The solutions integrate Wi-Fi and LAN connectivity, audio decoders, a list of thousands of live radio broadcasts and podcasts from across the world, and a wide range of content, all in a single circuit board smaller than a business card.
Compared to conventional radio transmissions, the main advantage of Internet Radio is far greater choice. Almost 10,000 stations are available, ranging from live salsa music from Rio de Janeiro, through news bulletins from the other side of the world, to college radio stations.
Such choice might sound intimidating, but finding content is as easy as turning the dial on your old transistor set. Except that now, turning the dial doesn’t mean tuning into specific radio frequencies; instead, web addresses for specific online radio stations are being accessed.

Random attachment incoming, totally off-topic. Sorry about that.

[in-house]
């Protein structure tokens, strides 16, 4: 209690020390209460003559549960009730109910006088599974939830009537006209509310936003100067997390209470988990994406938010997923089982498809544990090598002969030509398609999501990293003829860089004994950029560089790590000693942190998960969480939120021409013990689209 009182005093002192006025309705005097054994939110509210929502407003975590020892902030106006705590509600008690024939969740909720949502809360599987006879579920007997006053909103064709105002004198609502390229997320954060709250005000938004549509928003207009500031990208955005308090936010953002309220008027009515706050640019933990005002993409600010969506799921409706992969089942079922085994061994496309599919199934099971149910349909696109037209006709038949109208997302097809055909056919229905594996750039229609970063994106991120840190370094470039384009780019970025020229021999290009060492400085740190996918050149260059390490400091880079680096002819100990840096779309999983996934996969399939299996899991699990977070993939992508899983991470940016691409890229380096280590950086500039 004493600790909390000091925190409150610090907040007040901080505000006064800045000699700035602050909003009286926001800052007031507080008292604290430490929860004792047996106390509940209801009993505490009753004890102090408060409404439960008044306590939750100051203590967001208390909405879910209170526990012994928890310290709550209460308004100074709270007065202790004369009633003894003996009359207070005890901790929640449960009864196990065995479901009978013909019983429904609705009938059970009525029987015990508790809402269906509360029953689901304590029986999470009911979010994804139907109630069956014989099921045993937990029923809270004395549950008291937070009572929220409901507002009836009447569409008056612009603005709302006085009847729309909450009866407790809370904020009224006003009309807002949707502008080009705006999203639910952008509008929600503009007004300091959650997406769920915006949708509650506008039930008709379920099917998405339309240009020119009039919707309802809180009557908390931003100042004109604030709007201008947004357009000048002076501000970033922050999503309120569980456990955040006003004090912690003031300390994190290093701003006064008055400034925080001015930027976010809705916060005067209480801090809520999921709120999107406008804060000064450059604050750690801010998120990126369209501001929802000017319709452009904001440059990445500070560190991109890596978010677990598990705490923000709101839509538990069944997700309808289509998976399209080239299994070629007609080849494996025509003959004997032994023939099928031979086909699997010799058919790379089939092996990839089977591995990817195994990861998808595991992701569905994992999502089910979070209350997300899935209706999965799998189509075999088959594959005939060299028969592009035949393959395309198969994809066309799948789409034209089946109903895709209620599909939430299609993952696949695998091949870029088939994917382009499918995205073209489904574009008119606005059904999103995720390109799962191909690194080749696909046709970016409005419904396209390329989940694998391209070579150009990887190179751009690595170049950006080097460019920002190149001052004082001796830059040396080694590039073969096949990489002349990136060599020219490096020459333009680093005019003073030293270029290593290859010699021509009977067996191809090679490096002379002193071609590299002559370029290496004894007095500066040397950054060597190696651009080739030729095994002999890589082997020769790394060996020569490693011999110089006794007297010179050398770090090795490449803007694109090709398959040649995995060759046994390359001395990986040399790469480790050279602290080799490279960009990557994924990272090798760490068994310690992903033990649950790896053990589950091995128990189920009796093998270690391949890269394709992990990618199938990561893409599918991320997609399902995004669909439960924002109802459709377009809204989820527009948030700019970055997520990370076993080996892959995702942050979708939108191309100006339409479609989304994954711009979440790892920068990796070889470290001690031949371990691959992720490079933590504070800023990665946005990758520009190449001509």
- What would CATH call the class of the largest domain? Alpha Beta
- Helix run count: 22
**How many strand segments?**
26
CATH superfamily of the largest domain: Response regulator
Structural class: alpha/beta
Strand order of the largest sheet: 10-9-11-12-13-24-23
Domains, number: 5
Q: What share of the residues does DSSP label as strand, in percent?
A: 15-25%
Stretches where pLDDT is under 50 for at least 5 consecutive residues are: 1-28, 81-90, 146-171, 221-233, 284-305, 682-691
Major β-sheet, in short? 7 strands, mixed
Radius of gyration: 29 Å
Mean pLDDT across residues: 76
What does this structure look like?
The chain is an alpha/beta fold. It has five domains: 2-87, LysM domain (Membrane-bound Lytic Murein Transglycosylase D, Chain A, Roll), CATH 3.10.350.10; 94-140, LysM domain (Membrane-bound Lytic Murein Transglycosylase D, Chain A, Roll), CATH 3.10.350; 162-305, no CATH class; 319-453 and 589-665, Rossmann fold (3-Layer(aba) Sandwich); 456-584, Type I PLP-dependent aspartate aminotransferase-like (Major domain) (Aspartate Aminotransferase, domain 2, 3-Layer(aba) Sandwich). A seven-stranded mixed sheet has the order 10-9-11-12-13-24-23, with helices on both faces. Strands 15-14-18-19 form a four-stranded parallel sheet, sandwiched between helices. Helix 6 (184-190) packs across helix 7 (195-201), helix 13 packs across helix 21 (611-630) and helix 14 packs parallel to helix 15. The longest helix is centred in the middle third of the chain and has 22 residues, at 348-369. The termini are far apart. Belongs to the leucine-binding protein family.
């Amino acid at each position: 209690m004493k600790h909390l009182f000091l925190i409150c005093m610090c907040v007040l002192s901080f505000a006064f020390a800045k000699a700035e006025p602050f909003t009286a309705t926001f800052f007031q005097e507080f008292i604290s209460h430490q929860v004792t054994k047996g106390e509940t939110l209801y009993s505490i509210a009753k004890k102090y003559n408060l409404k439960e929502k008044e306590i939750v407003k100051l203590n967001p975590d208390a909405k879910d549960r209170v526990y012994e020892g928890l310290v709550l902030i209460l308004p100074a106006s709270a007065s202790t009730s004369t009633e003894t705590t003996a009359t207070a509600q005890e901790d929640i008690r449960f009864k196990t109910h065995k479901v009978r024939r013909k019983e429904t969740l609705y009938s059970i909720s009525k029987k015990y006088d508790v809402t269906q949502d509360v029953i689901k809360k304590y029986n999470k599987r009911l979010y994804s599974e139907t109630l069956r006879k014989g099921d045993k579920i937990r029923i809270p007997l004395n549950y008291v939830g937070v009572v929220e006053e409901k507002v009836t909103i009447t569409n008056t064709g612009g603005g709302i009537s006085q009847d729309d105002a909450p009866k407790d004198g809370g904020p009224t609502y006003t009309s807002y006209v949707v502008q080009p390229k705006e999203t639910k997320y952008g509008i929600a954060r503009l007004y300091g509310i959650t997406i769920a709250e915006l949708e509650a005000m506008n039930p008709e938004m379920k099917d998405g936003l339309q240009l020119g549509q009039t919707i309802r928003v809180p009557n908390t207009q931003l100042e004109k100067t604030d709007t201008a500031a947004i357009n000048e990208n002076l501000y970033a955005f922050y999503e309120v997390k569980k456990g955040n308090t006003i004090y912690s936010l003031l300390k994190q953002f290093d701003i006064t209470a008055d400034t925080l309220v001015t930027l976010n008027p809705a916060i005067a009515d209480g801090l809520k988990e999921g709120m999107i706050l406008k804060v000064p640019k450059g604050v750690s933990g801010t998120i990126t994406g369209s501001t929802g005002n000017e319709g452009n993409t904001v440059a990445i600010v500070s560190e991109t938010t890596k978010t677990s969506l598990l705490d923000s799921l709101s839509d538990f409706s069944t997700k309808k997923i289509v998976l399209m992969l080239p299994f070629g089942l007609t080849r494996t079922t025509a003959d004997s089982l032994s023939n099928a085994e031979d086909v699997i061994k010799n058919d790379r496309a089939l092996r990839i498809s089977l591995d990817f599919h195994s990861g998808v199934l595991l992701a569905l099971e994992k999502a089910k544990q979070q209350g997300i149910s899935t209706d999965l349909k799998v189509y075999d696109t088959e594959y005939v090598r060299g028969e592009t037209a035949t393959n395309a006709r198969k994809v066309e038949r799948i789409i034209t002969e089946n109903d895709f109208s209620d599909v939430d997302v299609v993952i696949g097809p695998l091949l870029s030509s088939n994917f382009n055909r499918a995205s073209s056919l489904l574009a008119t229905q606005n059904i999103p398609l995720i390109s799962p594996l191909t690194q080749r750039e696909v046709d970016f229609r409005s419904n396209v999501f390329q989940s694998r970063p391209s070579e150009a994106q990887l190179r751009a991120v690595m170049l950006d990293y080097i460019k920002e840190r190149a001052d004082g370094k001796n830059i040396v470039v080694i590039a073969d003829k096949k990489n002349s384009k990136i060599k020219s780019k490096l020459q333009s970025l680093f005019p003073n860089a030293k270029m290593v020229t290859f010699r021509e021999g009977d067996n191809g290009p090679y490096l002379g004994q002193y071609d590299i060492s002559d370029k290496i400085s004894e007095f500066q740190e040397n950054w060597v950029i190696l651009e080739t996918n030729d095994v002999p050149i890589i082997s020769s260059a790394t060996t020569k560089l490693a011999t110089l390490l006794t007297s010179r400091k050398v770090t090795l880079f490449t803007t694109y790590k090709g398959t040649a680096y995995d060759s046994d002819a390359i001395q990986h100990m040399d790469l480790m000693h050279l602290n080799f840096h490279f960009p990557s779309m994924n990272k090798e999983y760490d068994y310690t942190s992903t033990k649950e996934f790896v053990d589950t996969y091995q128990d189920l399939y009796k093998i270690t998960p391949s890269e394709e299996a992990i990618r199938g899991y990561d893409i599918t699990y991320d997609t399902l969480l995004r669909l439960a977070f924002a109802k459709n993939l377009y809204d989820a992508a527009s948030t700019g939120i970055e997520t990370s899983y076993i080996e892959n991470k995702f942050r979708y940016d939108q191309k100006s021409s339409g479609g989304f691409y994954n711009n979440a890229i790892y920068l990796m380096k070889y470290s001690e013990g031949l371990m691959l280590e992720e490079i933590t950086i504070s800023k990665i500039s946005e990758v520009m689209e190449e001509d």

However, to the user, the difference is invisible. The dial shows the radio call sign and name on a little display just like on an AM/FM radio.
Andrew Rhomberg, director of business development and strategy at Reciva said the cost savings from this new platform will reduce the price premium for an Internet receiver compared to a legacy AM/FM set.
“In the global marketplace, technologies with only regional acceptance, such as HD and DAB, will become largely irrelevant,” he said.
The new radios also allow the user to play their own music from any wireless connected device, as well as personalised content, like fast growing radio service Pandora, said Rhomberg.
Access to Internet radio to become easier with new platform
By Staff Writers on Jan 8, 2008 12:40PM